The open secret that teaching staff can decide that the conclusions of an ‘expert’ about a child’s specific difficulties are wrong, without following any agreed process, became well publicised over the last week. So what ‘should’ we expect from the professionals that we entrust our children to every day?
Examples of the types of secenarios where a teacher decides the expert is wrong include:
- NHS diagnoses (in our case multi-agency diagnosis of Asperger’s and the OT’s diagnosis of visual motor integration difficulties and sensory processing difficulties…..)
- Private assessments. In our case it was a comprehensive detailed learning assessment clearly carried out with a very high degree of integrity. The ‘no win’ situations with regard to privately funded assessments include:
- When the LA / School / Health Body won’t / can’t arrange (fund) an assessment and so the family pays for one.
- When there are excessively long waits for assessment so parents pay for a one.
- When comprehensive assessments are required and only basic screening offered by the school or local authority, so parents pay for one.
- With regard to private reports parents are at times treated with suspicion and the report discounted because it is was privately commissioned. It feels like a no win situation for these children and their families.
- When brighter children are “not far enough behind” or those who mask / blend in / have developed exhausting coping mechanisms so that their difficulties are less visible to staff who can’t see what they are not trained to notice……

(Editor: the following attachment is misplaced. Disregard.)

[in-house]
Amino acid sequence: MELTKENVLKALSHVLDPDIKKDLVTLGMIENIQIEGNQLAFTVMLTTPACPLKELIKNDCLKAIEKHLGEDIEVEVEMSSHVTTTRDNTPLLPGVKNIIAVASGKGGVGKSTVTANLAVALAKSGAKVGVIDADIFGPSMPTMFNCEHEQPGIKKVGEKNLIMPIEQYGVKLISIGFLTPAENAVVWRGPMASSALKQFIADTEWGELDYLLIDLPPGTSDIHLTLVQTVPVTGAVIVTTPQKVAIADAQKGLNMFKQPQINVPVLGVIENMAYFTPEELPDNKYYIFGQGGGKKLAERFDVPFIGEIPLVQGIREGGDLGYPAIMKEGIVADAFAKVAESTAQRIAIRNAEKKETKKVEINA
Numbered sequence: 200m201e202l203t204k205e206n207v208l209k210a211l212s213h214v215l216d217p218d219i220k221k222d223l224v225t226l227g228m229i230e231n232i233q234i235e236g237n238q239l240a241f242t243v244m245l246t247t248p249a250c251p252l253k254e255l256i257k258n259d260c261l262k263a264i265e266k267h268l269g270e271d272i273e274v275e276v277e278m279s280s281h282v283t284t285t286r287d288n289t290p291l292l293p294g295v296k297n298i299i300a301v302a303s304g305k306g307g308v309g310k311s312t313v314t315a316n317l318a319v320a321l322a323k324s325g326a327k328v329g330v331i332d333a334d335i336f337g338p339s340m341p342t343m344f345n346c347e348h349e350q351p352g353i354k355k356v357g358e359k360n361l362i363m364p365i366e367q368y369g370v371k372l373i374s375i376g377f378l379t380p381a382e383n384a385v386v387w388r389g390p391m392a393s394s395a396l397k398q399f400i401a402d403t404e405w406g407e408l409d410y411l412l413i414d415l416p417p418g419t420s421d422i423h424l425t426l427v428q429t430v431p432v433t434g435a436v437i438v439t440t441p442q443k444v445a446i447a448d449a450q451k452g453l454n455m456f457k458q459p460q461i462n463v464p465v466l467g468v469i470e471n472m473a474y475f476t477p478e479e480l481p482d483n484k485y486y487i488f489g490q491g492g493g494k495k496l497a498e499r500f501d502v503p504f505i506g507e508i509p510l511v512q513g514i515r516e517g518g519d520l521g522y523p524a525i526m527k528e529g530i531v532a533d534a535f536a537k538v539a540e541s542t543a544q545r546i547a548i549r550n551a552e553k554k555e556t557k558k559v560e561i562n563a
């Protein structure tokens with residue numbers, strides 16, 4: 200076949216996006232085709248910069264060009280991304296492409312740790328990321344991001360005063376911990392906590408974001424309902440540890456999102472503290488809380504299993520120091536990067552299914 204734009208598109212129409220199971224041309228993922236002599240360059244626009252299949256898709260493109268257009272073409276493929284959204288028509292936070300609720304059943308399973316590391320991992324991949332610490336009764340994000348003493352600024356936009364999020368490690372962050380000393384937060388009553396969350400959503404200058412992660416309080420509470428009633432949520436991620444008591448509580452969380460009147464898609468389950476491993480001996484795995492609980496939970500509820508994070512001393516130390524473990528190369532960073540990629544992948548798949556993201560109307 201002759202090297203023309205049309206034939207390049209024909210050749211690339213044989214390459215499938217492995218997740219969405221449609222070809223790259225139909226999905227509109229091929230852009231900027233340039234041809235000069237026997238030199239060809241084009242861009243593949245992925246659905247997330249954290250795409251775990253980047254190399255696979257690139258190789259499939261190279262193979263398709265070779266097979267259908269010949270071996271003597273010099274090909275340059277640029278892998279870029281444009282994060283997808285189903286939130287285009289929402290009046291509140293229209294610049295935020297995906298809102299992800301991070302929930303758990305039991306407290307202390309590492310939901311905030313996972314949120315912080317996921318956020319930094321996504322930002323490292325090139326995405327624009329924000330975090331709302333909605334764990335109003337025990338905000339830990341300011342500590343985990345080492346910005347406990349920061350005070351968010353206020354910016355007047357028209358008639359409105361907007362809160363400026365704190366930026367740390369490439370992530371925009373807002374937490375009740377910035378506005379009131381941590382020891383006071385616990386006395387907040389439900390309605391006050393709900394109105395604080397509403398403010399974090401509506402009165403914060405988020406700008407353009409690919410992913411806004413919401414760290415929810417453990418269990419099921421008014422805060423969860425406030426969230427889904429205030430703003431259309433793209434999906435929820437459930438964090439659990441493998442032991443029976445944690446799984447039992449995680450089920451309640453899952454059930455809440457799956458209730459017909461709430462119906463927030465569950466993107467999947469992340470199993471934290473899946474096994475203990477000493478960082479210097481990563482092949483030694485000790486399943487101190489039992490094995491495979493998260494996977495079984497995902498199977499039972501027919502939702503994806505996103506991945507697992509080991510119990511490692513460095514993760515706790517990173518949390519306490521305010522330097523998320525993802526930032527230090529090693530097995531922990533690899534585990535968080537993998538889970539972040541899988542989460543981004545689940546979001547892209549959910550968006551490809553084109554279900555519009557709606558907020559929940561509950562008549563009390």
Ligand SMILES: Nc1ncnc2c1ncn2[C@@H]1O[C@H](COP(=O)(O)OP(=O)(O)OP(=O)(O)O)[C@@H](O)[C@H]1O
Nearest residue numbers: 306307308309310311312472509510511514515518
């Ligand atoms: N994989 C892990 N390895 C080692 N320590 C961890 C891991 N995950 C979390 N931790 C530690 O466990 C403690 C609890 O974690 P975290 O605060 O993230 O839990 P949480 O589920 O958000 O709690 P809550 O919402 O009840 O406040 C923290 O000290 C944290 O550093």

Frequently families are put into scenarios like these and are keen to understand or to help their child. Often these children are talking about their difficulties and distress continuously and no one is listening, aside from their parent who just want to help.
When there is disagreement over a diagnosis, conclusions or recommendations regarding a child, can we expect to experience professional behaviour, and can teachers expect that the demands placed on them are reasonable?
Professional behaviour – is it reasonable to expect the following?
- That the person questioning the report should behave in an open and transparent way with regard to their concerns?
- That the professional clearly articulates the specific reasons / their own specific observations or assessments which give rise to their disagreement?
- That there is a published and agreed process to be followed in the case of a disagreement? For example:
- Parents are informed and given clearly articulated reasons for the disagreement.
- The expert who carried out the assessment (or a representative of the team that carried it out) is contacted so that they can talk through their observations, assessments and conclusions.
- In the rare case that there is no consensus reached that there is a locally agreed policy to follow.
- that if the above process takes more than 4 weeks, then the recomendations made in the initial report should be implemented in the interim.